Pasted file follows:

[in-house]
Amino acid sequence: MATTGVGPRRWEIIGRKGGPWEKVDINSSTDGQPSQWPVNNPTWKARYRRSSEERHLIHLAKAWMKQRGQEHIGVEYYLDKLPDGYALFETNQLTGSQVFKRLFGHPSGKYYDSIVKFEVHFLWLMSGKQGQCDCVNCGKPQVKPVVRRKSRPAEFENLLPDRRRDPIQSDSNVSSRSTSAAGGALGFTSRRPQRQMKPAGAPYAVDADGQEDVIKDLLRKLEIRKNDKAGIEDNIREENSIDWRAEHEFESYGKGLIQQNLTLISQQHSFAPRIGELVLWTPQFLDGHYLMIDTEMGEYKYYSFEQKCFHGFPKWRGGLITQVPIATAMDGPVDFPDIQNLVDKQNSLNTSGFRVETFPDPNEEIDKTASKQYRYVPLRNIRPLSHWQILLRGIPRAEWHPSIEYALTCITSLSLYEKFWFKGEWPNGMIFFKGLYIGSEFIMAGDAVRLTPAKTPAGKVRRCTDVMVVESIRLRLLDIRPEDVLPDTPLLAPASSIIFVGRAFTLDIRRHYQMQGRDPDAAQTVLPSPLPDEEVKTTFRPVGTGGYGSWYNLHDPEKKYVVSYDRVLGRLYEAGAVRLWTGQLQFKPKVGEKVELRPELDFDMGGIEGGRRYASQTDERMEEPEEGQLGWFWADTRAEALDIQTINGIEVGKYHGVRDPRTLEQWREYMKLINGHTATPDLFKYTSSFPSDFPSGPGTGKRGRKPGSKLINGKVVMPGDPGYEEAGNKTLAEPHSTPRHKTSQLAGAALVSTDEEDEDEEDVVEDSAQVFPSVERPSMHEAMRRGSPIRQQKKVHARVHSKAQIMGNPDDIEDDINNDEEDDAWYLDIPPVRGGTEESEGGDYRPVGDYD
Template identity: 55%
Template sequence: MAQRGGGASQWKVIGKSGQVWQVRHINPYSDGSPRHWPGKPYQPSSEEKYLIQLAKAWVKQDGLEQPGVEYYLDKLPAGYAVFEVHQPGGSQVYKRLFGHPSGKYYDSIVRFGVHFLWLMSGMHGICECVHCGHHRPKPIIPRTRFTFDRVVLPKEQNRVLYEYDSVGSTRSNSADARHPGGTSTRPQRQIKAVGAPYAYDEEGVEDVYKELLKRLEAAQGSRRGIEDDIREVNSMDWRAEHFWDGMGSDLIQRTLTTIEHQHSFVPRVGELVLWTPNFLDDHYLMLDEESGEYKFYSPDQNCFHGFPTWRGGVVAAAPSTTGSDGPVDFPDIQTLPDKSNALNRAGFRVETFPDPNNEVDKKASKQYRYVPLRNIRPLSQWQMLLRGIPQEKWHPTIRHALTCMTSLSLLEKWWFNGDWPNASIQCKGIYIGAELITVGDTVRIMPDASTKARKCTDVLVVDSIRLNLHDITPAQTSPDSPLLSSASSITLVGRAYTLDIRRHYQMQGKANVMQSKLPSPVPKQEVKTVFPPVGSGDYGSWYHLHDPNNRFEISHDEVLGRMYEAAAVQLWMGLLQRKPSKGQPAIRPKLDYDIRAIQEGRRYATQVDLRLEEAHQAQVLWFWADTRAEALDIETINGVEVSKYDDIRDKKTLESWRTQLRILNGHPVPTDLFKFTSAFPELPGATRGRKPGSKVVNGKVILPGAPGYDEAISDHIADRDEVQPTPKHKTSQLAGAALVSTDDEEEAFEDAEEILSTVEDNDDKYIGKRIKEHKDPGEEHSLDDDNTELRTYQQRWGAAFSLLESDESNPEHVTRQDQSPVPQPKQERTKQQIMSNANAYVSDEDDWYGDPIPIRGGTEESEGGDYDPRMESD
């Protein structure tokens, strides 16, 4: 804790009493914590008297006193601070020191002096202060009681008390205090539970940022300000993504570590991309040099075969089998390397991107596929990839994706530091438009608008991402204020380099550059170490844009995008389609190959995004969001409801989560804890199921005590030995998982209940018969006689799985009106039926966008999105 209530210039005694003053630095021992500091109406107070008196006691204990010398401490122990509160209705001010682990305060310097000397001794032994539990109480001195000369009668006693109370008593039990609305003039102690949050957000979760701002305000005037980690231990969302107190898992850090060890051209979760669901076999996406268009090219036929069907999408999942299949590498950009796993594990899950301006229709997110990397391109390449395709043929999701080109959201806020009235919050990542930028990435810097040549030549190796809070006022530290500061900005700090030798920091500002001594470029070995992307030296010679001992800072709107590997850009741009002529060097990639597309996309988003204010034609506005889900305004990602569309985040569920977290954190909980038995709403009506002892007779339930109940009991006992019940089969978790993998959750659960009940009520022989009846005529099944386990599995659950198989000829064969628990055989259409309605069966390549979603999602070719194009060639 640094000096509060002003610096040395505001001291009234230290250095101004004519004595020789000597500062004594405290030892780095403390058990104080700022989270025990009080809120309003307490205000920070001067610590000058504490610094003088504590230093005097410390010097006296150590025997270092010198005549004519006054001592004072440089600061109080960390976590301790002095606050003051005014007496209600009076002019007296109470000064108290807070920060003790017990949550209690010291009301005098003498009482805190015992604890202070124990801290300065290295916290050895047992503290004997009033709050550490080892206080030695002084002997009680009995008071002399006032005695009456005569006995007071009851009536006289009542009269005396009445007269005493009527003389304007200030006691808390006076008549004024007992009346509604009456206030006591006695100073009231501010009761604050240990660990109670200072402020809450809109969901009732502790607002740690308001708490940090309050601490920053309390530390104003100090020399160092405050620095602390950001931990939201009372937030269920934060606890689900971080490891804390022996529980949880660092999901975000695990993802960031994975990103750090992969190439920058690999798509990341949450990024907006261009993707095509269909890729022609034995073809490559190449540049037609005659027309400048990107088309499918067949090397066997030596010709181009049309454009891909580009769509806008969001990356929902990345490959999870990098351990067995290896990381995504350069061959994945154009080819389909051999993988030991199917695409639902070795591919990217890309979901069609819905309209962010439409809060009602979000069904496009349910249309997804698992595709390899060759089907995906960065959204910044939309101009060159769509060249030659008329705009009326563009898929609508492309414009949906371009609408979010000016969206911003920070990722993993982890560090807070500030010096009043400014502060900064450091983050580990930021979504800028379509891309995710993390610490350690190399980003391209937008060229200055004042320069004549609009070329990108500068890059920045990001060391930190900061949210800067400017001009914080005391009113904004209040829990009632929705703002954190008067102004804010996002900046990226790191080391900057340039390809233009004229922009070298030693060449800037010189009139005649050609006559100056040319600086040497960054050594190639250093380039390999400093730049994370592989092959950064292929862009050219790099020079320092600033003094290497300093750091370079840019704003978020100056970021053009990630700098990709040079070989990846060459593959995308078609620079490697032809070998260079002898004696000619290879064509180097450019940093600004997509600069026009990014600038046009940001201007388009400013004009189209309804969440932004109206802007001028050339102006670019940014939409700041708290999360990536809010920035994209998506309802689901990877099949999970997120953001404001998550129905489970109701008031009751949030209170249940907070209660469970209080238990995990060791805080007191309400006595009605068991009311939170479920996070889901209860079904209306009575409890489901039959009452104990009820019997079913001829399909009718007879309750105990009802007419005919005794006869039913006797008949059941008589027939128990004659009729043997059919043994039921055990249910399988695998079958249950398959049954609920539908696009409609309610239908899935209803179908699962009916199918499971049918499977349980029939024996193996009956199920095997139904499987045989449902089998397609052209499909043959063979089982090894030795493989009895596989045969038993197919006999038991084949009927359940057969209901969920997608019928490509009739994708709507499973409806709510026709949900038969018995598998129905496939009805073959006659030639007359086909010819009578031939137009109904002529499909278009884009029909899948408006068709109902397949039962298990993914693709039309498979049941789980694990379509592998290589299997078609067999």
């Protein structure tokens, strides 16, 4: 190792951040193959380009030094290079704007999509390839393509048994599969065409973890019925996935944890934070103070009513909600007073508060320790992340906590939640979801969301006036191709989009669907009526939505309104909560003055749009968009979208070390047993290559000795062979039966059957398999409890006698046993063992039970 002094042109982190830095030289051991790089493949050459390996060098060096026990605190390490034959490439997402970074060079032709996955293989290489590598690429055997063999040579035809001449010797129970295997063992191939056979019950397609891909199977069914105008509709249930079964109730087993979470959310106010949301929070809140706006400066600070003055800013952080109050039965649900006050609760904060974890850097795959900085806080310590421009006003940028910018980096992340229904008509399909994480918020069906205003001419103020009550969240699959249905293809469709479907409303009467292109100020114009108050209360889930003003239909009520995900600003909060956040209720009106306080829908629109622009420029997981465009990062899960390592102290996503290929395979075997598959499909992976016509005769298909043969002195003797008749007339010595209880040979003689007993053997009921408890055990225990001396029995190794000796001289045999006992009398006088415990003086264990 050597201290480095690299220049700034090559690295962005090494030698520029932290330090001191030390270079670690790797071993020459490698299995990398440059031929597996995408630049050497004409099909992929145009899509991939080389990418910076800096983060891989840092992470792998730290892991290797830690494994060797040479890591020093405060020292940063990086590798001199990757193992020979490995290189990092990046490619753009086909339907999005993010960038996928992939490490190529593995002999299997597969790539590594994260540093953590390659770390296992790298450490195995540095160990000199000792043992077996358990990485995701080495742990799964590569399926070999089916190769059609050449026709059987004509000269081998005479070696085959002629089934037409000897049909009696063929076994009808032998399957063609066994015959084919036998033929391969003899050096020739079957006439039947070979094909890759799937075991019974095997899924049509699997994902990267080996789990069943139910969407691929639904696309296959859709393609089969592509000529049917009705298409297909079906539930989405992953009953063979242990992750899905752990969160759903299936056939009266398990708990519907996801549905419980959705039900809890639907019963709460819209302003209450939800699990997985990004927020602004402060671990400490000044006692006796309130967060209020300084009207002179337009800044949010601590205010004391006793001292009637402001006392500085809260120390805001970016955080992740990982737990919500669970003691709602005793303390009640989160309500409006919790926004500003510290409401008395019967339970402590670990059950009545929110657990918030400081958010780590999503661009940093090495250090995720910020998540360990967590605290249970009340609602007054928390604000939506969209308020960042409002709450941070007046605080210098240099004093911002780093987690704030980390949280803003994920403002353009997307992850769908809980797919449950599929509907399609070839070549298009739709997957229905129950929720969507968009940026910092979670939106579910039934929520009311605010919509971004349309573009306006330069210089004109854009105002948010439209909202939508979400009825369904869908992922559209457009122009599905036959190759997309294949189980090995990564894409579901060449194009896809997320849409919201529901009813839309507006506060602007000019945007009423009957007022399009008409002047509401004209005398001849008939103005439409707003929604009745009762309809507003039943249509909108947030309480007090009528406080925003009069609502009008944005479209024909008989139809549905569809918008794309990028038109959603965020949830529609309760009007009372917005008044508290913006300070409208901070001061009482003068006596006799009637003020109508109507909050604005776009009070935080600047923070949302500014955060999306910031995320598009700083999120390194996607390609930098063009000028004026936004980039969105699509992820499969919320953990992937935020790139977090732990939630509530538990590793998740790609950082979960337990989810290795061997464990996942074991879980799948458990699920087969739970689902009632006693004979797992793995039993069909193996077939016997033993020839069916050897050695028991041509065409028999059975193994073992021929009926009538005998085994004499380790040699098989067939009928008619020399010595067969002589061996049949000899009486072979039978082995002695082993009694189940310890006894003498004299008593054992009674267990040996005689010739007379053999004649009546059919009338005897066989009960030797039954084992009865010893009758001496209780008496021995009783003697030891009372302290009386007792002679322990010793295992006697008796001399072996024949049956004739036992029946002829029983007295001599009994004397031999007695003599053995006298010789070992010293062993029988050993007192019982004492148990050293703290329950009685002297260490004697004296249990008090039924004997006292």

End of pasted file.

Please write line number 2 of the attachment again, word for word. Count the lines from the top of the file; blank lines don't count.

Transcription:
Amino acid sequence: MATTGVGPRRWEIIGRKGGPWEKVDINSSTDGQPSQWPVNNPTWKARYRRSSEERHLIHLAKAWMKQRGQEHIGVEYYLDKLPDGYALFETNQLTGSQVFKRLFGHPSGKYYDSIVKFEVHFLWLMSGKQGQCDCVNCGKPQVKPVVRRKSRPAEFENLLPDRRRDPIQSDSNVSSRSTSAAGGALGFTSRRPQRQMKPAGAPYAVDADGQEDVIKDLLRKLEIRKNDKAGIEDNIREENSIDWRAEHEFESYGKGLIQQNLTLISQQHSFAPRIGELVLWTPQFLDGHYLMIDTEMGEYKYYSFEQKCFHGFPKWRGGLITQVPIATAMDGPVDFPDIQNLVDKQNSLNTSGFRVETFPDPNEEIDKTASKQYRYVPLRNIRPLSHWQILLRGIPRAEWHPSIEYALTCITSLSLYEKFWFKGEWPNGMIFFKGLYIGSEFIMAGDAVRLTPAKTPAGKVRRCTDVMVVESIRLRLLDIRPEDVLPDTPLLAPASSIIFVGRAFTLDIRRHYQMQGRDPDAAQTVLPSPLPDEEVKTTFRPVGTGGYGSWYNLHDPEKKYVVSYDRVLGRLYEAGAVRLWTGQLQFKPKVGEKVELRPELDFDMGGIEGGRRYASQTDERMEEPEEGQLGWFWADTRAEALDIQTINGIEVGKYHGVRDPRTLEQWREYMKLINGHTATPDLFKYTSSFPSDFPSGPGTGKRGRKPGSKLINGKVVMPGDPGYEEAGNKTLAEPHSTPRHKTSQLAGAALVSTDEEDEDEEDVVEDSAQVFPSVERPSMHEAMRRGSPIRQQKKVHARVHSKAQIMGNPDDIEDDINNDEEDDAWYLDIPPVRGGTEESEGGDYRPVGDYD